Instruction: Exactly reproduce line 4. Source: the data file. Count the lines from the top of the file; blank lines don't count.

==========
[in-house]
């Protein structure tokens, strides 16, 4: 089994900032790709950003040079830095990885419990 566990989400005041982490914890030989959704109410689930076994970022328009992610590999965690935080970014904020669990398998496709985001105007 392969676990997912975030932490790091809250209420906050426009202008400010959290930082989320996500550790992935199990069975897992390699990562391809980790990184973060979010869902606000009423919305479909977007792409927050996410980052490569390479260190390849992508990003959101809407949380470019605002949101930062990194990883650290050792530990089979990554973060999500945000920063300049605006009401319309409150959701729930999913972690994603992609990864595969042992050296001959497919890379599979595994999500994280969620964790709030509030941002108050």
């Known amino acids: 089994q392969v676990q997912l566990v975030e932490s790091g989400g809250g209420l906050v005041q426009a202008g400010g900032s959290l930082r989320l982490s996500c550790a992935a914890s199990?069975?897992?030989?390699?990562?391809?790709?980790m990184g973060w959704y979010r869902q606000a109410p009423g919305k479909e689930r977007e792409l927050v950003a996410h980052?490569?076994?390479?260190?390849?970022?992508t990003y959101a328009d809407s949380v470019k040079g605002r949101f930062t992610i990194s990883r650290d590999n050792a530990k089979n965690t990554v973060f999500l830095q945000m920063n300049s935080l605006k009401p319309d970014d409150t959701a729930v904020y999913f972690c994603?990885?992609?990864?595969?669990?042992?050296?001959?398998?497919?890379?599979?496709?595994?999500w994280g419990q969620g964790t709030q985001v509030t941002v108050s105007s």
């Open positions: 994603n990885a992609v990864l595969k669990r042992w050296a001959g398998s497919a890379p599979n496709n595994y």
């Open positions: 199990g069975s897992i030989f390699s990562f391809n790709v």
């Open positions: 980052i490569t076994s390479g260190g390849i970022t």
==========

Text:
């Open positions: 994603n990885a992609v990864l595969k669990r042992w050296a001959g398998s497919a890379p599979n496709n595994y």